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L’Ecume des Jours (Mood Indigo) by Michel Gondry

September 15, 2013


Watching Michel Gondry‘s Mood Indigo has renewed my memories of early Mike Tyson fights: a few minutes into the film my only thought was, let’s hope it will be over soon and that I’ll be still alive at the end of it. If you prefer a cinematic metaphor let me say that Gondry here looks like a sort of Terry Gilliam on steroids, he gives you no time to absorb a visual invention but in a matter of seconds he is coming at you with another one, while I can admire the restless creative energy on display here I cannot forget that this is not a commercial, it’s not a short film but a two hours long narrative feature where plot and characters are not spared the brutalizing boxing treatment.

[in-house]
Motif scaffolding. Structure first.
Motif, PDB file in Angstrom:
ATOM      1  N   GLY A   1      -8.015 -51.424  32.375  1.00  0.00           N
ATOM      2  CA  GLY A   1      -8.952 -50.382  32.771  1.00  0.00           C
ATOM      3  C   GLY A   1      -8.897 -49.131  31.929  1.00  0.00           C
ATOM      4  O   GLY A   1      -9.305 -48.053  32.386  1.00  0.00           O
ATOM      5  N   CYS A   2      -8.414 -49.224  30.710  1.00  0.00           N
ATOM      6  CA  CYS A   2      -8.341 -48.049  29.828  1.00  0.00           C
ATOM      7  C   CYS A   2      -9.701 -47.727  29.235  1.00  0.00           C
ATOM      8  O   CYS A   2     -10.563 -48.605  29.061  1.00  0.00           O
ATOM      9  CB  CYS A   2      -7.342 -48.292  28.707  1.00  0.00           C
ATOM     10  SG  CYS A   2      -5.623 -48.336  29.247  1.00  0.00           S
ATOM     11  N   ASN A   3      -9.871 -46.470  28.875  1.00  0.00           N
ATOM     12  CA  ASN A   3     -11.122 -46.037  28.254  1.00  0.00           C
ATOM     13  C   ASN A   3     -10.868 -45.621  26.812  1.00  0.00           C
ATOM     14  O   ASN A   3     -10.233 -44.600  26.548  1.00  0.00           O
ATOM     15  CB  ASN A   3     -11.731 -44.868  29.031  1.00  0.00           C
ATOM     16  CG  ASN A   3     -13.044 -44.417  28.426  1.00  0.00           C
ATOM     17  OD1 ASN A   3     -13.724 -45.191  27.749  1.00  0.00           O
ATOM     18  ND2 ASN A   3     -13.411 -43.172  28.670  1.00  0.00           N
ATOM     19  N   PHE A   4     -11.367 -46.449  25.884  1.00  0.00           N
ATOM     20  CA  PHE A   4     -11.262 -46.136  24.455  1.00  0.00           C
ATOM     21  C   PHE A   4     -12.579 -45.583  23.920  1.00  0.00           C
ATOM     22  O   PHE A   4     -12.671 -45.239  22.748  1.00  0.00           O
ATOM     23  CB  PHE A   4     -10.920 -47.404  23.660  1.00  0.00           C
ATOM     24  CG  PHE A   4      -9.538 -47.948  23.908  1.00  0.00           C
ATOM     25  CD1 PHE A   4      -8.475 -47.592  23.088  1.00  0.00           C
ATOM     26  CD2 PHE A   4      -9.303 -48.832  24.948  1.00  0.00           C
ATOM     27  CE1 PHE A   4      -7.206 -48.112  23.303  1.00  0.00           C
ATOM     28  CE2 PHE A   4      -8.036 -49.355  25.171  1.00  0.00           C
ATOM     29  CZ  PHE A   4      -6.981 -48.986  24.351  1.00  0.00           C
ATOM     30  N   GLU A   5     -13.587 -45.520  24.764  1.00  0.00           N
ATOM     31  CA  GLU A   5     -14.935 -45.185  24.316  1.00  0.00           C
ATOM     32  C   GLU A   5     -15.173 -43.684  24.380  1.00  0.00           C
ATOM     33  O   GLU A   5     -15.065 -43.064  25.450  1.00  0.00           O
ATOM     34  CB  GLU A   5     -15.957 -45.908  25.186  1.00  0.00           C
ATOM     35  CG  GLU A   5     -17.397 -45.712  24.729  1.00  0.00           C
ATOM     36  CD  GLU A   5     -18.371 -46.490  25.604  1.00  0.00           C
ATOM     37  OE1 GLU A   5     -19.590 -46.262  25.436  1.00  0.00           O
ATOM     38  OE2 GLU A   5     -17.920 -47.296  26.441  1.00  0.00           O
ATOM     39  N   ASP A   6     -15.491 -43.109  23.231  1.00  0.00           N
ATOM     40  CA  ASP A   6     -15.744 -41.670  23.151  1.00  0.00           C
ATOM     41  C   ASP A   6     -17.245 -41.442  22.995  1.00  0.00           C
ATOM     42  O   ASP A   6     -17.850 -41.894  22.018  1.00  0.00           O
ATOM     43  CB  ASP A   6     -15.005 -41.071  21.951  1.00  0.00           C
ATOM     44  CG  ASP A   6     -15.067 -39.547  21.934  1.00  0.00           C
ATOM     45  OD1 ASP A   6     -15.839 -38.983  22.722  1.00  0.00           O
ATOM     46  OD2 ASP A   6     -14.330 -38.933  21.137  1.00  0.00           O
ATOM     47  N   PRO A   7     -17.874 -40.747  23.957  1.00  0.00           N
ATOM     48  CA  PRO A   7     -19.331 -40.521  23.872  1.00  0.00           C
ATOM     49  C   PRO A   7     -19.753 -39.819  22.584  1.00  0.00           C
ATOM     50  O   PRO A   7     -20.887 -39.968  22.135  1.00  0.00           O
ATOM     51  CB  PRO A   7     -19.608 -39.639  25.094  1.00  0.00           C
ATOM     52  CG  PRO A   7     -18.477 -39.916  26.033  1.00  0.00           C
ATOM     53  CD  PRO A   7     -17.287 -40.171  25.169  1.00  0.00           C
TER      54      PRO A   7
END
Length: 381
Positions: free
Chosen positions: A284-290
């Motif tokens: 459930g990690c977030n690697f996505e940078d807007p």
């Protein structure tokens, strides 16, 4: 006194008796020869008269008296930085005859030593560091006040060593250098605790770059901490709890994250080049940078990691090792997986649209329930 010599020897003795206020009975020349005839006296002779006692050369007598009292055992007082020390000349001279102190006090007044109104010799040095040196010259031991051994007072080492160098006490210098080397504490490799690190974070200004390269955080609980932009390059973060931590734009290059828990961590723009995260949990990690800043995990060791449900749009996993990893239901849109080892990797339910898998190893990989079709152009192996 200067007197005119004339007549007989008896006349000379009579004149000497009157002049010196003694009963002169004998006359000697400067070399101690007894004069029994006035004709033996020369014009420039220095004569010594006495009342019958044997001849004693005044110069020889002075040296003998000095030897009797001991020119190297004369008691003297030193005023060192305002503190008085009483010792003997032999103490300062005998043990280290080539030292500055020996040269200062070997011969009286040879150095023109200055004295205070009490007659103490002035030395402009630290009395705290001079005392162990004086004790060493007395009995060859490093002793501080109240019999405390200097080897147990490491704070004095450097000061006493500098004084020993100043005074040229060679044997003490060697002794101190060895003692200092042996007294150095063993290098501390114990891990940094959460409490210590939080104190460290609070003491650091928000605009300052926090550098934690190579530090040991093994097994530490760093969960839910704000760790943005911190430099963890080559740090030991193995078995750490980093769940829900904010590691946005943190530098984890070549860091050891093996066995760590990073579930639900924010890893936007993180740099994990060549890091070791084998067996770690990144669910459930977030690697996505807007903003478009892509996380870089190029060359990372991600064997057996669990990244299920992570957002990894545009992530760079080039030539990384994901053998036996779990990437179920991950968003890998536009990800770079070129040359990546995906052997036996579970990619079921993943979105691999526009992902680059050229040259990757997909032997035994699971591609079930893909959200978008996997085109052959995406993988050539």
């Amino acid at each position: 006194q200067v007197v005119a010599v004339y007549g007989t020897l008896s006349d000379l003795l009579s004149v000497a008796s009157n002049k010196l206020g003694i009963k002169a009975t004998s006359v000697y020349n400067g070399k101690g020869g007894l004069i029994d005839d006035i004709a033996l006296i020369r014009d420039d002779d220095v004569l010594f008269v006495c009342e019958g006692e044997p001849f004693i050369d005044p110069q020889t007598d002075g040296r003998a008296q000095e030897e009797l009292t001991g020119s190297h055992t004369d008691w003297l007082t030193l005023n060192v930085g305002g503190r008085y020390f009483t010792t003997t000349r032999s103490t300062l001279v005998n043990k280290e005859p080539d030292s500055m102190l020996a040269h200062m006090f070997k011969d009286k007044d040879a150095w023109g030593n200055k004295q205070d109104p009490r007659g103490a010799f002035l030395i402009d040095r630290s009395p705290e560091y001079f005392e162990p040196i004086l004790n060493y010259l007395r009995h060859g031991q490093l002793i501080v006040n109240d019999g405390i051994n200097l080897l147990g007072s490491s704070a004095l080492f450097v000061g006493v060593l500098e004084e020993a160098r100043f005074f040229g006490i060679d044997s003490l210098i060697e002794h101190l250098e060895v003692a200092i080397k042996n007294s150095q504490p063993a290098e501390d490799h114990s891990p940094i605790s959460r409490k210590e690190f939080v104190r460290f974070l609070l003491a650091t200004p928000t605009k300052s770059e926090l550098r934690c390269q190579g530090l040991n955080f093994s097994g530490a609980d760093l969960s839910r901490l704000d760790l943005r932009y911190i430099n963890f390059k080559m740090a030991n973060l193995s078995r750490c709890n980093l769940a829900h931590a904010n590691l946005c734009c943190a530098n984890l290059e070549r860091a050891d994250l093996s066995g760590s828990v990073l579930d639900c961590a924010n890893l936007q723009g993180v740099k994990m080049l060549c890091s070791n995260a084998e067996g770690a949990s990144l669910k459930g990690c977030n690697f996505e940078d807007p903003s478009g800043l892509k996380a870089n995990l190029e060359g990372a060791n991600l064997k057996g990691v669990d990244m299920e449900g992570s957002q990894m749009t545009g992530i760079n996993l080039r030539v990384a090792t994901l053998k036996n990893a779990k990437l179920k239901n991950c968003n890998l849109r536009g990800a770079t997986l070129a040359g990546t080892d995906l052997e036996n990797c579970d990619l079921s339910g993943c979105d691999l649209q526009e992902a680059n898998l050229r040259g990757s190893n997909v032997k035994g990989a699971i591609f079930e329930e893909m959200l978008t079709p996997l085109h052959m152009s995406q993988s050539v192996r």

I have not read the book by Boris Vian adapted by Gondry here so I have to rely on second hand sources telling me that the screenplay is quite faithful to the book except for setting the action in Paris rather than the Louisiana swamps imagined by Vian, if you manage to get the story notwithstanding Gondry’s uppercuts and jabs it’s easy to notice that the material contains a lot of potential, it’s a surreal story about love, dehumanizing working places, an avid Catholic church, it’s the portrait of our society in the eyes of a young man – Vian was in his early twenties when he wrote L’Ecume des Jours – and though it was written in 1946 I guess it addresses a lot of concerns which are still relevant in our times. It’s a pity that this book came into the hands of a director who has mistaken a mind numbing deluge of special effects for poetry.

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